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38 Charter I August 2011
CEOs with 4 sight
The CEOs of the Big 4 accounting firms tell Charter
about their visions for the future of Australian business.
Story Tony Malkovic
You might think that the leaders of
Australia’s Big Four firms don’t always
see eye-to-eye. But when it comes to the
future of Australian business and prospects
for the accounting profession, there’s a solid
consensus that there’s cause for optimism.
Although parts of the economy are in the
doldrums and there are several tripwires to
watch out for, they’re upbeat about our long-
term prospects. But they say we still need
to come to terms with key issues inside and
outside of the office.
Those are some of the thoughts that
emerged when we sought the views of the
Big 4 CEOs – Deloitte’s Giam Swiegers FCA,
KPMG’s Geoff Wilson FCA, PwC’s Mark
Johnson FCA and Ernst &Young’s
Rob McLeod FCA.
CHARTER: How do you see Australia
fitting into the international business
community in the next couple of
Giam Swiegers, Deloitte: I am very
optimistic. I think we will continue to punch
above our weight. We have a country that
is in very good shape and I think we will
be taken more and more seriously by the
international business community.
Geoff Wilson, KPMG: Australia is incredibly
well placed for the next couple of decades.
Our challenge, though, is how do we
take advantage of that as a country? And
while the opportunity today is around the
resources sector, there are many other
opportunities for Australia including in
finance, infrastructure and knowledge
economy partnerships. Our challenge is to
diversify and leverage this unique position
Mark Johnson, PwC: I don’t think there’s
any other country you’d rather be in than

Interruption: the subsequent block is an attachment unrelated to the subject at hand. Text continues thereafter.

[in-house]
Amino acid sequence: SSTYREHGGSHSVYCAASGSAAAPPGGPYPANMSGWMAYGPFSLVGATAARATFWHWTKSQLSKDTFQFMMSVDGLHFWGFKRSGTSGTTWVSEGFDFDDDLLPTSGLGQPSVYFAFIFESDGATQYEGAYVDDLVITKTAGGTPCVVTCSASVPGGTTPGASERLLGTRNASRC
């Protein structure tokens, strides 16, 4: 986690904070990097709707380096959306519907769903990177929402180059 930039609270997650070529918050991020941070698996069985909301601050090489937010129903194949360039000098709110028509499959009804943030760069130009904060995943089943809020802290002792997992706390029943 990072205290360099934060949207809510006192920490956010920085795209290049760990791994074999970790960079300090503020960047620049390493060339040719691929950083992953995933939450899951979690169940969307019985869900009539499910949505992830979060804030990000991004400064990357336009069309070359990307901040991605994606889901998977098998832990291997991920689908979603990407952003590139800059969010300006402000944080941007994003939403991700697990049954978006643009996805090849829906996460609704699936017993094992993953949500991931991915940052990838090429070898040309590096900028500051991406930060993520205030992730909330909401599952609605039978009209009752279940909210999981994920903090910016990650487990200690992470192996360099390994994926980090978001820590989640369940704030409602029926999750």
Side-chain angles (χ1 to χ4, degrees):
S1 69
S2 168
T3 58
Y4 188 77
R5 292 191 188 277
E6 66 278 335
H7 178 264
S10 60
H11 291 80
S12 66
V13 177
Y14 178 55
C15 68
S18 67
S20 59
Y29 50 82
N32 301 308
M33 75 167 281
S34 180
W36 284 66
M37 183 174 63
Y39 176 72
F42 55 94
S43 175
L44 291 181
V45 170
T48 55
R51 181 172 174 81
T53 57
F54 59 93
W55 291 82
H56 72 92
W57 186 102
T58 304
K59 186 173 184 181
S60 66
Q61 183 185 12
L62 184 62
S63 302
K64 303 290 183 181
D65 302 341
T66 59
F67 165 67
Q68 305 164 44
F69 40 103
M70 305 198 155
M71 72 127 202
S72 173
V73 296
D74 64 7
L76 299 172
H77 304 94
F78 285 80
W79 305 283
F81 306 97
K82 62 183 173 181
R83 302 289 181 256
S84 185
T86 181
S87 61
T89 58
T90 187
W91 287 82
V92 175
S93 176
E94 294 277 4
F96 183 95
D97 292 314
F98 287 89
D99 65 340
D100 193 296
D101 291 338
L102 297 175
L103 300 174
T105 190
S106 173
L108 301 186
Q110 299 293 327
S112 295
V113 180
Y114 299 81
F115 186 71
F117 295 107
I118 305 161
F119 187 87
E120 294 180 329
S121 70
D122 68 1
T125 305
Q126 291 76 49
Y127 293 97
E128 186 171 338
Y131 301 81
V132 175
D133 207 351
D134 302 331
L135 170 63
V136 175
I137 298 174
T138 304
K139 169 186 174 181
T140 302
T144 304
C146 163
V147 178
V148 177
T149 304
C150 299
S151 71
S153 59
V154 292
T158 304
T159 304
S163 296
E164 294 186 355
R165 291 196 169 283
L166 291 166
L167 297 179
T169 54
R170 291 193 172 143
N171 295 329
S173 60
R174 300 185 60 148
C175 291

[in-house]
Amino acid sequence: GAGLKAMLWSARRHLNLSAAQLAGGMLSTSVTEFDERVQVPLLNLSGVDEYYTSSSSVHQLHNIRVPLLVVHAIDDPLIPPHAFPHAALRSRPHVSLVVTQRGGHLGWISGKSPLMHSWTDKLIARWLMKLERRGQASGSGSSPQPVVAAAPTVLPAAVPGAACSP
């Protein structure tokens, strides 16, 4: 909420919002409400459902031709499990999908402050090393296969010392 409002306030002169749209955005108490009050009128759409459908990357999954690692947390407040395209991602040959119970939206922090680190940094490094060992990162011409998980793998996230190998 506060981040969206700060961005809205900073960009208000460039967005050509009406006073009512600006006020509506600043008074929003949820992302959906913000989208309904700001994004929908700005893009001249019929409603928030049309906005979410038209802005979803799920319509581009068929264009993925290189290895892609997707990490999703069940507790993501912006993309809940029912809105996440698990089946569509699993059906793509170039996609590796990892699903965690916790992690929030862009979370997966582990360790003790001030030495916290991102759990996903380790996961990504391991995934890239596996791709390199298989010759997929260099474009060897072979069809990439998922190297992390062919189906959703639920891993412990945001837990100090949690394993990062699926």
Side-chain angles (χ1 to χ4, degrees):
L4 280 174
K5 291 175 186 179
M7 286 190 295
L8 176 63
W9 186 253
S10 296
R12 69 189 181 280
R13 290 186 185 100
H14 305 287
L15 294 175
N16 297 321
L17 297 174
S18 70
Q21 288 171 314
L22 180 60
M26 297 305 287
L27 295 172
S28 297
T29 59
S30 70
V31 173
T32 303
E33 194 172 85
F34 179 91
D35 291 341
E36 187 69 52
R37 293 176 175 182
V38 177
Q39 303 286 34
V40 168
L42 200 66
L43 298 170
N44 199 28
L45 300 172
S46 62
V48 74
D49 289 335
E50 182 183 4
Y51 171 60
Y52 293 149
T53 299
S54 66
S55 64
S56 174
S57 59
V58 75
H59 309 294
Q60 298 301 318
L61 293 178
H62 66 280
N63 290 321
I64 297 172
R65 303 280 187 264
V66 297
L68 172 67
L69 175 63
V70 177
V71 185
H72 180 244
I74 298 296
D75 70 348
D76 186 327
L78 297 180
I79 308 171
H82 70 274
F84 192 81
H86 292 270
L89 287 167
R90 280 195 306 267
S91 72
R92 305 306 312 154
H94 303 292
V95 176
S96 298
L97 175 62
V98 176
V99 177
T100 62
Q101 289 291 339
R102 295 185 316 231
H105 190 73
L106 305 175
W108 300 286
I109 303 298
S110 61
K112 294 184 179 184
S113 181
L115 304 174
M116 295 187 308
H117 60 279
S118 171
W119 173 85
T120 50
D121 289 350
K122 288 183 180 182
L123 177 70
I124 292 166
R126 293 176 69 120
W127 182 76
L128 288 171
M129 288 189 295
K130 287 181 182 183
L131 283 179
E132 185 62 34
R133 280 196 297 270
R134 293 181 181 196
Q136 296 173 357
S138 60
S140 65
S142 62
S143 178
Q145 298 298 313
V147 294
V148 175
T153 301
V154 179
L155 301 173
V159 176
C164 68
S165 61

Australia. There’s so much opportunity,
particularly with Asia and China. I visited
China with the Prime Minster earlier this
year as part of a trade delegation. The
relationship between our countries is good
and there are oodles of opportunity. If you
take our firm as an example, a third of our
revenues are now sourced through China,
directly or indirectly. That’s a huge change
in the past few years.
I actually think the best years are still
ahead of us. And not just in resources,
there are plenty of opportunities in financial
services, in professional services and the
services sector in general. Engagement
with Asia is fundamental to our success.
But I think we need to recognise that
our willingness to share knowledge and
experience will be just as important as
mining.The good news is that the accounting
firms are all very prepared to do that.
CHARTER: What are the opportunities
and challenges for us?
Rob McLeod, Ernst & Young: I think the
opportunities for Australia are massive. That
means demands for labour and capital are
But there is a big challenge for business
to examine innovative ways of expanding the
workforce and bringing people back into the
workforce, invariably that’s about flexibility of
Businesses have to think about how to
engage what is an ageing and shrinking
labour force. I think that’s a very significant
matter for Australia.
A related challenge is that Australia faces
the risk of exporting a lot of its young talent.
That competition to retain and attract people
through immigration policy is easier said
than done but it’s something we have to be
extremely sensitive to.
GS: We have to make the most of this
boom. We should not allow this boom to slip
past without making the most of it.
The challenge for us is what do we do with
the two-speed economy.
How do we ensure we make the
necessary investments so that when this
resource boom ends – as it will – that we
have a country that will continue to grow.
MJ: I believe the opportunities far outweigh
the challenges. I think one of the bigger
challenges we have as a country and as a
profession is talent. For instance, how do
you attract and retain the right talent? How
do we have immigration and education
policies that make sure we exploit the
opportunities? And it’s the same with our
profession. We’re in a war for talent with
other professions and businesses and
government. I think infrastructure is the
other big challenge. The problem is our
transport systems and infrastructure are
creaking around this country.
CHARTER: How optimistic are you about
MJ: I’m an optimist. There’ll be forks in the
road – there always are – but Australia is
such a lucky country. The choices we make
are important: for instance, how we engage
with China, how we re-invest back in the
country and how we develop industries and
sectors beyond resources.
GS: I think we have a very entrepreneurial
group of business leaders and an environment
I think we need to recognise that
our willingness to share knowledge
and experience will be just as
important as mining.
Mark Johnson FCA
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